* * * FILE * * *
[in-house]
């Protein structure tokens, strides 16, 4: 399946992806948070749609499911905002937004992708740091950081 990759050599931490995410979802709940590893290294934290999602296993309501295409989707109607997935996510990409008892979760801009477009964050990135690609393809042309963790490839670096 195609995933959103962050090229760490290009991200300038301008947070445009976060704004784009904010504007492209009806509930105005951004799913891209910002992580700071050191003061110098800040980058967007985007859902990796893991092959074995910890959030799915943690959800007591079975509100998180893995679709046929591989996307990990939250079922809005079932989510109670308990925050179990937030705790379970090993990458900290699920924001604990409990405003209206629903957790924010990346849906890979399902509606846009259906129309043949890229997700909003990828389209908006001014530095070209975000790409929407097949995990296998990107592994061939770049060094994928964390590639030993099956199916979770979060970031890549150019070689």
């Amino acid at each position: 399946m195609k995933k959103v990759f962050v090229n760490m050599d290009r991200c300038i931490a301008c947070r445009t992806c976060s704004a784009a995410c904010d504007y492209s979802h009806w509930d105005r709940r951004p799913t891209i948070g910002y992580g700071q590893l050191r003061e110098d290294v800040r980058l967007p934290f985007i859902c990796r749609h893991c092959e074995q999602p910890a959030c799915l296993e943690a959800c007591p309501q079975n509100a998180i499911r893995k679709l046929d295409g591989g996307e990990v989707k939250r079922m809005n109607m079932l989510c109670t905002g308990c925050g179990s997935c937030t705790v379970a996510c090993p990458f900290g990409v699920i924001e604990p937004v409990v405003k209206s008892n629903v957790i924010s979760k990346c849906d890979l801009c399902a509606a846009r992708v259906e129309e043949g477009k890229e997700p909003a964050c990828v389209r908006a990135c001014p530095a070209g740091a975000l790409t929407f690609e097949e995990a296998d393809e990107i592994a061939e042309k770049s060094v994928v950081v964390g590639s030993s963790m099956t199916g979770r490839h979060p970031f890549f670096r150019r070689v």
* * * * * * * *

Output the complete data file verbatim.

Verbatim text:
[in-house]
């Protein structure tokens, strides 16, 4: 399946992806948070749609499911905002937004992708740091950081 990759050599931490995410979802709940590893290294934290999602296993309501295409989707109607997935996510990409008892979760801009477009964050990135690609393809042309963790490839670096 195609995933959103962050090229760490290009991200300038301008947070445009976060704004784009904010504007492209009806509930105005951004799913891209910002992580700071050191003061110098800040980058967007985007859902990796893991092959074995910890959030799915943690959800007591079975509100998180893995679709046929591989996307990990939250079922809005079932989510109670308990925050179990937030705790379970090993990458900290699920924001604990409990405003209206629903957790924010990346849906890979399902509606846009259906129309043949890229997700909003990828389209908006001014530095070209975000790409929407097949995990296998990107592994061939770049060094994928964390590639030993099956199916979770979060970031890549150019070689």
């Amino acid at each position: 399946m195609k995933k959103v990759f962050v090229n760490m050599d290009r991200c300038i931490a301008c947070r445009t992806c976060s704004a784009a995410c904010d504007y492209s979802h009806w509930d105005r709940r951004p799913t891209i948070g910002y992580g700071q590893l050191r003061e110098d290294v800040r980058l967007p934290f985007i859902c990796r749609h893991c092959e074995q999602p910890a959030c799915l296993e943690a959800c007591p309501q079975n509100a998180i499911r893995k679709l046929d295409g591989g996307e990990v989707k939250r079922m809005n109607m079932l989510c109670t905002g308990c925050g179990s997935c937030t705790v379970a996510c090993p990458f900290g990409v699920i924001e604990p937004v409990v405003k209206s008892n629903v957790i924010s979760k990346c849906d890979l801009c399902a509606a846009r992708v259906e129309e043949g477009k890229e997700p909003a964050c990828v389209r908006a990135c001014p530095a070209g740091a975000l790409t929407f690609e097949e995990a296998d393809e990107i592994a061939e042309k770049s060094v994928v950081v964390g590639s030993s963790m099956t199916g979770r490839h979060p970031f890549f670096r150019r070689v």